Handle with Care explores Turku Art Museum’s contemporary art collection from the perspective of care and caring. The exhibition proposes care as a way of doing and being, where we live responsibly and reciprocally with both human and non-human worlds. Museum work can also be characterised as an act of care, performed for the sake of remembering. Similarly to artists, musems have recently taken on an increasingly active role as social influencers and advocates for sustainable development.
The rapid loss of biodiversity and the worsening effects of the climate crisis demand that we find alternative ways of thinking beyond the human-centric view and that we shift towards a more equitable lifestyle, that respects different life forms. The works selected for the exhibition demonstrate how current themes in social discussion and posthumanist thinking, such as care, environmental relations, interspecies relationships, intergenerationality, new materialism and neospirituality are reflected in contemporary visual arts. The texts providing background information on the selected works combine ideas from scientific research, contemporary philosophy, and art theory. They shed light on the multifaceted nature of our existence, interdependence, reciprocal care, the active agency of animals and plants, and the constant presence of nature everywhere.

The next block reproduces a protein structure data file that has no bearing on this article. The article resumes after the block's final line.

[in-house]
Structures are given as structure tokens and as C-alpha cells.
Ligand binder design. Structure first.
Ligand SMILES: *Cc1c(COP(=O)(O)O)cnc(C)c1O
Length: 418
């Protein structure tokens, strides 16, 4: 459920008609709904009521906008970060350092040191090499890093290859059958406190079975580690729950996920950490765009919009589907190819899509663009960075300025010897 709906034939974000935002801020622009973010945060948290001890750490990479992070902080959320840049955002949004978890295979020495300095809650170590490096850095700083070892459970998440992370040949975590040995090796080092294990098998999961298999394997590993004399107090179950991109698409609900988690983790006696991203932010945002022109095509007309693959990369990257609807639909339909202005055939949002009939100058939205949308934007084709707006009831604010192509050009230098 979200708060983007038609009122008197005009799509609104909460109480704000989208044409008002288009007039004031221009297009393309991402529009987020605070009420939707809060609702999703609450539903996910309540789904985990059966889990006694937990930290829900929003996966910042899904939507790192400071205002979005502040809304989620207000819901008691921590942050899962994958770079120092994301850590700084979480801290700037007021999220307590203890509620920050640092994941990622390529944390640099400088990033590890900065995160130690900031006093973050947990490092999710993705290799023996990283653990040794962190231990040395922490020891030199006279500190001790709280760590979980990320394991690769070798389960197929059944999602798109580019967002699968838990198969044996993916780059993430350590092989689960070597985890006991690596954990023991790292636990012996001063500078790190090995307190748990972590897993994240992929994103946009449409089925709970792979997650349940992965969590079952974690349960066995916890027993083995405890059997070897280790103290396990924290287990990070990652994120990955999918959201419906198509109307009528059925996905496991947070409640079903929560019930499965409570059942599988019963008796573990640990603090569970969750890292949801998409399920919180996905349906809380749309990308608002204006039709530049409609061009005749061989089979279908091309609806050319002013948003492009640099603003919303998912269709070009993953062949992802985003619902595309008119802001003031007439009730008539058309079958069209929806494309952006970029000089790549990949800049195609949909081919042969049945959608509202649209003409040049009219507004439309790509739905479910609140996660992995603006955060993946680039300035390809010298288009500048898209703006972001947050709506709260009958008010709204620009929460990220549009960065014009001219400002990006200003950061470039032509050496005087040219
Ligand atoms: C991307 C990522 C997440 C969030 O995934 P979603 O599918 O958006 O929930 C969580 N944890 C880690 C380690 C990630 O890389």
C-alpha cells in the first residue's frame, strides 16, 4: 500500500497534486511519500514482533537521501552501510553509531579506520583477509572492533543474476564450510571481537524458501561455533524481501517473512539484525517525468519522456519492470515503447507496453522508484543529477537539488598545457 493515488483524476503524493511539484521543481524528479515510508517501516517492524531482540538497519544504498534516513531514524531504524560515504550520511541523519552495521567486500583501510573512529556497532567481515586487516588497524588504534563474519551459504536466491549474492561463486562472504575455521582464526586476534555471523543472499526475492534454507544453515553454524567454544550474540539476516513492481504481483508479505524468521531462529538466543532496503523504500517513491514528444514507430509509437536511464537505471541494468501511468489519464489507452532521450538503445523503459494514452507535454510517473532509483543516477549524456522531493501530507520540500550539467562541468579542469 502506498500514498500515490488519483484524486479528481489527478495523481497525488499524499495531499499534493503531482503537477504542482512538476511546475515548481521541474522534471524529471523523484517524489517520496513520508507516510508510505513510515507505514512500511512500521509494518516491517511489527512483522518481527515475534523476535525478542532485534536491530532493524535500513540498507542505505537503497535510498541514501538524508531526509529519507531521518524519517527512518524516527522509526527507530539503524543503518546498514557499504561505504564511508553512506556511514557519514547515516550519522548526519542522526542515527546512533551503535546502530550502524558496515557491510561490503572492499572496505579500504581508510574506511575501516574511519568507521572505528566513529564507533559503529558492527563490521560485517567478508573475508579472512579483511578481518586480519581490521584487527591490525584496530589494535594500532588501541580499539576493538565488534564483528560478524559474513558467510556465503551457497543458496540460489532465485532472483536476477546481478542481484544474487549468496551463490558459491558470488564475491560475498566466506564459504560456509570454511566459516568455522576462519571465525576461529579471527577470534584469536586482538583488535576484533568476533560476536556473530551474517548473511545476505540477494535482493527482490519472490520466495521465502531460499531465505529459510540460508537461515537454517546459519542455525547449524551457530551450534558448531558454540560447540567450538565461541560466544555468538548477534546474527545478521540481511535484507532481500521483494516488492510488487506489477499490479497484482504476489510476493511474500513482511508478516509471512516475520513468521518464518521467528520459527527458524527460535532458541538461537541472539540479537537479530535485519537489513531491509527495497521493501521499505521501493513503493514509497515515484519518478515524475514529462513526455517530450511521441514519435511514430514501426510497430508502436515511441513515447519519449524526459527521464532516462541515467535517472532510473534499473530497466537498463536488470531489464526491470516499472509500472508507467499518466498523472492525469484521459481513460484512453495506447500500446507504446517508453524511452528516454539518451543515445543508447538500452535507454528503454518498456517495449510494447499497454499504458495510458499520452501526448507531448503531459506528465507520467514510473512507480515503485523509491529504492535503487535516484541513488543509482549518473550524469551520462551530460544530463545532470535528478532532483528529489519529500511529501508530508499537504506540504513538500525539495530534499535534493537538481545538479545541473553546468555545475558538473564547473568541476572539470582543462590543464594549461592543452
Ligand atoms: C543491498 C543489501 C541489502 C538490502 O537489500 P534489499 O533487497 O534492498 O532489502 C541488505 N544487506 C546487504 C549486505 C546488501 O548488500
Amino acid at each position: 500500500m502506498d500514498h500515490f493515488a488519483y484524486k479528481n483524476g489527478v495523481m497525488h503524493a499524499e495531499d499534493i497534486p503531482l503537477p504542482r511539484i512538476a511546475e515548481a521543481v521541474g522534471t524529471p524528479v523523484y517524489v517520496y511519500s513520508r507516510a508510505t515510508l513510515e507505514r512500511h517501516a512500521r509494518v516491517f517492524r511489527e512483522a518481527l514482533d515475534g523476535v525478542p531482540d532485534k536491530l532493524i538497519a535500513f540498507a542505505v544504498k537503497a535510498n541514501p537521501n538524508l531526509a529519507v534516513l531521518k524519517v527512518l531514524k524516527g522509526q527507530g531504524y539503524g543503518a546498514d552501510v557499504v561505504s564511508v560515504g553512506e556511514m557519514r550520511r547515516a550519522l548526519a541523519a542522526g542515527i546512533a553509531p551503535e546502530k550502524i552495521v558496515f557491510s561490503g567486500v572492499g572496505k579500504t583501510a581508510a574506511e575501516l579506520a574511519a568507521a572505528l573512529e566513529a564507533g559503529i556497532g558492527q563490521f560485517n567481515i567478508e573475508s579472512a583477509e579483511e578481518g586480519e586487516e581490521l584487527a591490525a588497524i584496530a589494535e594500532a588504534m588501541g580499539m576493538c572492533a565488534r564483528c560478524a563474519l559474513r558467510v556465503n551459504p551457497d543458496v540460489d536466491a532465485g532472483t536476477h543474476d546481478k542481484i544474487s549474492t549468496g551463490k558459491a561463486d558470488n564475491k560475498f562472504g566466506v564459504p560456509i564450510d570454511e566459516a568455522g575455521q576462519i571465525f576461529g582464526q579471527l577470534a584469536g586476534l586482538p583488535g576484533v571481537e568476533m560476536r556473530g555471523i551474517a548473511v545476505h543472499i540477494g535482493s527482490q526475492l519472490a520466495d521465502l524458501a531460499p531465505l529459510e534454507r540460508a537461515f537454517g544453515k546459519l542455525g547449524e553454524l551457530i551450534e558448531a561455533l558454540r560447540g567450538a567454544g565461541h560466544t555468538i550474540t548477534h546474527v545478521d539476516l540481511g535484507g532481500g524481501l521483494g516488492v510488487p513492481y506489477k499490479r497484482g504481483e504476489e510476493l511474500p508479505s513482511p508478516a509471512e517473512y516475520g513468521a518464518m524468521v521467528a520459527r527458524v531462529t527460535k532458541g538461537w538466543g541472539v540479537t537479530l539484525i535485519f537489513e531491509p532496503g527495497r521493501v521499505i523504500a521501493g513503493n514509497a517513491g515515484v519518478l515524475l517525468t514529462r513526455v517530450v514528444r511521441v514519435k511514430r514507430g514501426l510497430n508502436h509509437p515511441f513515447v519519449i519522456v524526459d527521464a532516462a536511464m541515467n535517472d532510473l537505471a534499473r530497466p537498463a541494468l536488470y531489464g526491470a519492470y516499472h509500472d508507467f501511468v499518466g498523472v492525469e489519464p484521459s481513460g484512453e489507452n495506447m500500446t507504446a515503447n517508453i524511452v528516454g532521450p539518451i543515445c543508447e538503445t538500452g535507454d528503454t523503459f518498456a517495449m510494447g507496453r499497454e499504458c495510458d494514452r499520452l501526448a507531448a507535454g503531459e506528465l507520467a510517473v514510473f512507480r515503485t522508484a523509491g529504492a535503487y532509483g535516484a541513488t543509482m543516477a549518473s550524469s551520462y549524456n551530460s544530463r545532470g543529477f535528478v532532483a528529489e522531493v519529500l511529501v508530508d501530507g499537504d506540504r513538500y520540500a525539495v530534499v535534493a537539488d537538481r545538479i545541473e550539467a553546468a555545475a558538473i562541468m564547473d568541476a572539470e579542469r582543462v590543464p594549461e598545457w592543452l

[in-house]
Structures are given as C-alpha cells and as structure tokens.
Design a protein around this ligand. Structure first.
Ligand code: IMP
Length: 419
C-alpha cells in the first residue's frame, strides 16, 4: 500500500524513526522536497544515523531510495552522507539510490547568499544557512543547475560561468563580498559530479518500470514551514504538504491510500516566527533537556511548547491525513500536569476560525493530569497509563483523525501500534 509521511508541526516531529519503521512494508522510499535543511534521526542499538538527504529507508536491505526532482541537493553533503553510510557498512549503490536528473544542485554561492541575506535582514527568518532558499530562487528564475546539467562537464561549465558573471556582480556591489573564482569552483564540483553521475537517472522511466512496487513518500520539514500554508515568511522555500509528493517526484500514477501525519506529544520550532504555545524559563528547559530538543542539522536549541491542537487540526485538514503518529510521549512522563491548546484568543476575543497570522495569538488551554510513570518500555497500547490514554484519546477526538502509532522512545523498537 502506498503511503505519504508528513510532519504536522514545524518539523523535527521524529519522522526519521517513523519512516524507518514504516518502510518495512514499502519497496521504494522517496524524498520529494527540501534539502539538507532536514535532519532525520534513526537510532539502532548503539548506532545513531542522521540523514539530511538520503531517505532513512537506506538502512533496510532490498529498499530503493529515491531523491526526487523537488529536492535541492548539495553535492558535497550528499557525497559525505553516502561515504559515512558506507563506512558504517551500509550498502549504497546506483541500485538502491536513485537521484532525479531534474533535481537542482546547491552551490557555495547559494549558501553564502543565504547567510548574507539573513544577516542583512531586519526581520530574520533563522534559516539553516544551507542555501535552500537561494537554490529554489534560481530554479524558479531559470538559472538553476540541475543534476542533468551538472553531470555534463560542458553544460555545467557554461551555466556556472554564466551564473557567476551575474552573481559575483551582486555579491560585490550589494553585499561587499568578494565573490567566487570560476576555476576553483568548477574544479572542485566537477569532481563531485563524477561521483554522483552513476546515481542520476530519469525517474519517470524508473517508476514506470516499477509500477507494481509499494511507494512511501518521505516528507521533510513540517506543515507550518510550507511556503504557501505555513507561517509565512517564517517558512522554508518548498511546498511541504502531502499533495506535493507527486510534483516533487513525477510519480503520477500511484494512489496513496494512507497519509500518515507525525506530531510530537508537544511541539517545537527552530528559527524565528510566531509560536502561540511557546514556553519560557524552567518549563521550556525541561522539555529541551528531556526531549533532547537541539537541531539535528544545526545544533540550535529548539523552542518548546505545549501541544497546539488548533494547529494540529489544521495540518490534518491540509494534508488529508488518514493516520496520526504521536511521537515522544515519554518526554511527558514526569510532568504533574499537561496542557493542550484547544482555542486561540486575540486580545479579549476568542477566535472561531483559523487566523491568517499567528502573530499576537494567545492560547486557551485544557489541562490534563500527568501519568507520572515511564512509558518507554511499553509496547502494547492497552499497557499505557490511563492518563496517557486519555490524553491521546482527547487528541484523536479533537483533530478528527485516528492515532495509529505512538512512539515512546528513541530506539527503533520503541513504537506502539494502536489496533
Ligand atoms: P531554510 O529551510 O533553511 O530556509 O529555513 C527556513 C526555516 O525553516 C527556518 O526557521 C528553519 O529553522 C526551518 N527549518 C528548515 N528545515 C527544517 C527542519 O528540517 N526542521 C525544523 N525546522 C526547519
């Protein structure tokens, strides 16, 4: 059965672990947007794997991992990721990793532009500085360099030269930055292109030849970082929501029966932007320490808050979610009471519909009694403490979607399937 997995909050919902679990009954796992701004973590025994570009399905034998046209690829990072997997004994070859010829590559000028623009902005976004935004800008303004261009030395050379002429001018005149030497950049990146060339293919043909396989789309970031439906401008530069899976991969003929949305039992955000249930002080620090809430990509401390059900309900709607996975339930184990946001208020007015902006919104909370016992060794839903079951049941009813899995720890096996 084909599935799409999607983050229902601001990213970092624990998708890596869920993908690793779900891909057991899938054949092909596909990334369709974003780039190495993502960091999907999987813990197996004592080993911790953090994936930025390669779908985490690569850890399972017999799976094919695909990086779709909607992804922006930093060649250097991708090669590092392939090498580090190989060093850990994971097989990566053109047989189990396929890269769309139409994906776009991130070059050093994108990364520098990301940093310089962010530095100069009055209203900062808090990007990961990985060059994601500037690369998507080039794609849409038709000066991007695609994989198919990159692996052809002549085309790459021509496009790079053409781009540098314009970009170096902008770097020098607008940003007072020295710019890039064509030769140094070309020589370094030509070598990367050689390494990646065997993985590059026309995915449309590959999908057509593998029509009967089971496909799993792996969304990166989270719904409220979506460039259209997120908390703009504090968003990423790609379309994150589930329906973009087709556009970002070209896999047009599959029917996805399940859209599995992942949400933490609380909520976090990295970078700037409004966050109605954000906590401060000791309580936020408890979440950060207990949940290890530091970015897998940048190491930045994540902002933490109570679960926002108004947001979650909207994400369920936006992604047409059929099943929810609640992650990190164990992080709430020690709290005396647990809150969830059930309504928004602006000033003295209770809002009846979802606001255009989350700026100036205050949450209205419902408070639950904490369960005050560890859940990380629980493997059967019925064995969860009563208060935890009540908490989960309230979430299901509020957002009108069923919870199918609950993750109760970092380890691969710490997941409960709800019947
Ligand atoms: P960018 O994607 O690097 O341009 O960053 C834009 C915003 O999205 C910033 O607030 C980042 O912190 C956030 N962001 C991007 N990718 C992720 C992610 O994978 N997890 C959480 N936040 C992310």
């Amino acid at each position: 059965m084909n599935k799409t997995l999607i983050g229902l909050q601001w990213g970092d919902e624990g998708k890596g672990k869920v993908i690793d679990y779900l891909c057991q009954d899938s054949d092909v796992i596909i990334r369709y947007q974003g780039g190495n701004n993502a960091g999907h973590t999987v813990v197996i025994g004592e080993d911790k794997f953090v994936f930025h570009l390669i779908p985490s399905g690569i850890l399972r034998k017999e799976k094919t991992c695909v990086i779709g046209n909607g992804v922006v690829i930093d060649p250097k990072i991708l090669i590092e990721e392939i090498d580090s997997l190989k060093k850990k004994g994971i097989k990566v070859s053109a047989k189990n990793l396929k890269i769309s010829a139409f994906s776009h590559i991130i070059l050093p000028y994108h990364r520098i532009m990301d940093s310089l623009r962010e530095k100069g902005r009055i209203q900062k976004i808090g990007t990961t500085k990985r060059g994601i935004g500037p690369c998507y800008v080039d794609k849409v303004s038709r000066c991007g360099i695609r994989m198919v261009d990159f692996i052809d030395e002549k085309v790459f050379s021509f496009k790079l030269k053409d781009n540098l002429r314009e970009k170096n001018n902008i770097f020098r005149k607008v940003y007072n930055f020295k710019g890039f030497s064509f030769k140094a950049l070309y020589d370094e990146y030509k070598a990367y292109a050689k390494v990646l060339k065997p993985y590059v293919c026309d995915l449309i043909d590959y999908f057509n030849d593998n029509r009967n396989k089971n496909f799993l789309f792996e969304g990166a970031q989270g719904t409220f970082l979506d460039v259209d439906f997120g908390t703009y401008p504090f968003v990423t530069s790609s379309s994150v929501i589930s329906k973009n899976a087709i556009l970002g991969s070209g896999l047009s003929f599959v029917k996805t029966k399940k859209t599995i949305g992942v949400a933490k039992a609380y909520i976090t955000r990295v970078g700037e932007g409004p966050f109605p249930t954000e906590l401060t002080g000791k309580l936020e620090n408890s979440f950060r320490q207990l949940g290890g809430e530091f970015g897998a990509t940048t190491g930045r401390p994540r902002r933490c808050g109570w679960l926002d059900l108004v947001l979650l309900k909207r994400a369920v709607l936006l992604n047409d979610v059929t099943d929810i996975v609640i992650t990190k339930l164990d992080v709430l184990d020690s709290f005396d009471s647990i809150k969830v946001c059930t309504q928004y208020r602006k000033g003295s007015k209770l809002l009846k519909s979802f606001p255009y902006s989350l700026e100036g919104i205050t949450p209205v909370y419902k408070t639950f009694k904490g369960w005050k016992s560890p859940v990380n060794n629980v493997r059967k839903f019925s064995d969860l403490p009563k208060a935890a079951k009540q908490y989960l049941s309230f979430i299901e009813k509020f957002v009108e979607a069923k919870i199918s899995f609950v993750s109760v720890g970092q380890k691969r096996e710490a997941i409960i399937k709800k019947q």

The exhibition showcases contemporary art acquired by the museum and received as donations, primarily from the 2000s. The exhibition includes paintings, prints, photographs, moving images, and sculptures by 26 contemporary artists: Erika Adamsson, Emma Ainala, Maija Albrecht, Rita Anttila, Elina Brotherus, Saara Ekström, Jussi Haro, Juhani Harri, Alma Heikkilä, Kati Immonen, Ulla Jokisalo, Ismo Kajander, Hertta Kiiski, Kaisu Koivisto, Essi Kuokkanen, Mikko Kuorinki, Elina Merenmies, Esko Männikkö, Umppa Niinivaara, Nelli Palomäki, Roland Persson, Eeva Peura, Anna Reivilä, Ann Sundholm, Katja Syrjä and Miikka Vaskola. In addition to the museum’s own acquisitions, there are also donations on display, including those made by the Friends of Turku Art Museum, Lars Göran Johnsson and the Paulo Foundation.
The exhibition has been curated by Selina Kiiskinen, Elli Liippo and Annina Sirén from Turku Art Museum, and the accompanying online publication has been written by Outimaija Hakala, Susinukke Kosola, Meiju Niskala, Panu Savolainen and Virpi Valtonen. The texts in the online publication, which utilise various perspectives and genres, serve as a companion and co-experiencer for the museum visitor in the exhibition, but they can also be studied independently on the museum’s website.